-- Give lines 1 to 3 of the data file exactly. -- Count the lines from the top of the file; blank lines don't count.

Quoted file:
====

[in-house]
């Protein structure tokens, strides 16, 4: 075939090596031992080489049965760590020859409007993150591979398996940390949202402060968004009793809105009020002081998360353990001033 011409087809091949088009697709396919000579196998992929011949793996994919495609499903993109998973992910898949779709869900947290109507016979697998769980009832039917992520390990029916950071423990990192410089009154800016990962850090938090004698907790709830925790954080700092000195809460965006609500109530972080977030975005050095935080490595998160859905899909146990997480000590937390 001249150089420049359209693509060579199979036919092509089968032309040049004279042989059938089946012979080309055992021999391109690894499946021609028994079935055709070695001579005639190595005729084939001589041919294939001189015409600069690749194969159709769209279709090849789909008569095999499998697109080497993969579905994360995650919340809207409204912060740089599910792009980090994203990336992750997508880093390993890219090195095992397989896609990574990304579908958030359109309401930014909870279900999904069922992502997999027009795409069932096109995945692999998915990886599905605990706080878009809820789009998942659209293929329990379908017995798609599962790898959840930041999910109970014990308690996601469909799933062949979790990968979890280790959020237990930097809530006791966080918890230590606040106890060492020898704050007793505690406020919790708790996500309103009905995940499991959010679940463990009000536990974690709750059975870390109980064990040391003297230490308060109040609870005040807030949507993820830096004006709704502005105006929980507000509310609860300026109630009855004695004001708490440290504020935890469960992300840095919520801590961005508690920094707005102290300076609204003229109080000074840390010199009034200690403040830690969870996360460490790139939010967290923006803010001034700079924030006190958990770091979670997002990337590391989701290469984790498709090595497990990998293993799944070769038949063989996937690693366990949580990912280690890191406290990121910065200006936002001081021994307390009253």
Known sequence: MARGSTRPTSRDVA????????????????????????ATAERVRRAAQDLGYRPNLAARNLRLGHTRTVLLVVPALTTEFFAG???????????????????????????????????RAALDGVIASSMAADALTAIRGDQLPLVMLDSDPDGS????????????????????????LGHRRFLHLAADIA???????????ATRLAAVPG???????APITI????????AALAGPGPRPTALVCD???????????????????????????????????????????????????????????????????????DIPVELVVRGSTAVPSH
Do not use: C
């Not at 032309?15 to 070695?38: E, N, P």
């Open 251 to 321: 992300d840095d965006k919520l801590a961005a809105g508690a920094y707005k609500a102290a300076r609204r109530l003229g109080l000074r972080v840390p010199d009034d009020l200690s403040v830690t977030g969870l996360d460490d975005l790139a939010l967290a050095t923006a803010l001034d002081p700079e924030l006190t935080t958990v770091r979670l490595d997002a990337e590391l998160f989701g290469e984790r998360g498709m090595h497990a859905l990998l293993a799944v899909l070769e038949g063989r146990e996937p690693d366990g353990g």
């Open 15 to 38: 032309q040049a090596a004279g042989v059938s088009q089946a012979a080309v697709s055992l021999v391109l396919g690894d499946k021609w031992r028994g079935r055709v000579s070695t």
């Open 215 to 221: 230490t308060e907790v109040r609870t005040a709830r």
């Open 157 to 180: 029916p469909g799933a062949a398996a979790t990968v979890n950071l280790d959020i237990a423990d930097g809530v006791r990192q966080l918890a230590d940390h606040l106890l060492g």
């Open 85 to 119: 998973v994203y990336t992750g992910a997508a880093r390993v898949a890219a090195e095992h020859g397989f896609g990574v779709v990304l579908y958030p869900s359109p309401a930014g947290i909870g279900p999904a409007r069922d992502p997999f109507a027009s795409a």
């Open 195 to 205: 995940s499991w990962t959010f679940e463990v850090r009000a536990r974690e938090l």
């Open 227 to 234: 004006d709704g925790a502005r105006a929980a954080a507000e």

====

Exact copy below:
[in-house]
């Protein structure tokens, strides 16, 4: 075939090596031992080489049965760590020859409007993150591979398996940390949202402060968004009793809105009020002081998360353990001033 011409087809091949088009697709396919000579196998992929011949793996994919495609499903993109998973992910898949779709869900947290109507016979697998769980009832039917992520390990029916950071423990990192410089009154800016990962850090938090004698907790709830925790954080700092000195809460965006609500109530972080977030975005050095935080490595998160859905899909146990997480000590937390 001249150089420049359209693509060579199979036919092509089968032309040049004279042989059938089946012979080309055992021999391109690894499946021609028994079935055709070695001579005639190595005729084939001589041919294939001189015409600069690749194969159709769209279709090849789909008569095999499998697109080497993969579905994360995650919340809207409204912060740089599910792009980090994203990336992750997508880093390993890219090195095992397989896609990574990304579908958030359109309401930014909870279900999904069922992502997999027009795409069932096109995945692999998915990886599905605990706080878009809820789009998942659209293929329990379908017995798609599962790898959840930041999910109970014990308690996601469909799933062949979790990968979890280790959020237990930097809530006791966080918890230590606040106890060492020898704050007793505690406020919790708790996500309103009905995940499991959010679940463990009000536990974690709750059975870390109980064990040391003297230490308060109040609870005040807030949507993820830096004006709704502005105006929980507000509310609860300026109630009855004695004001708490440290504020935890469960992300840095919520801590961005508690920094707005102290300076609204003229109080000074840390010199009034200690403040830690969870996360460490790139939010967290923006803010001034700079924030006190958990770091979670997002990337590391989701290469984790498709090595497990990998293993799944070769038949063989996937690693366990949580990912280690890191406290990121910065200006936002001081021994307390009253």
Known sequence: MARGSTRPTSRDVA????????????????????????ATAERVRRAAQDLGYRPNLAARNLRLGHTRTVLLVVPALTTEFFAG???????????????????????????????????RAALDGVIASSMAADALTAIRGDQLPLVMLDSDPDGS????????????????????????LGHRRFLHLAADIA???????????ATRLAAVPG???????APITI????????AALAGPGPRPTALVCD???????????????????????????????????????????????????????????????????????DIPVELVVRGSTAVPSH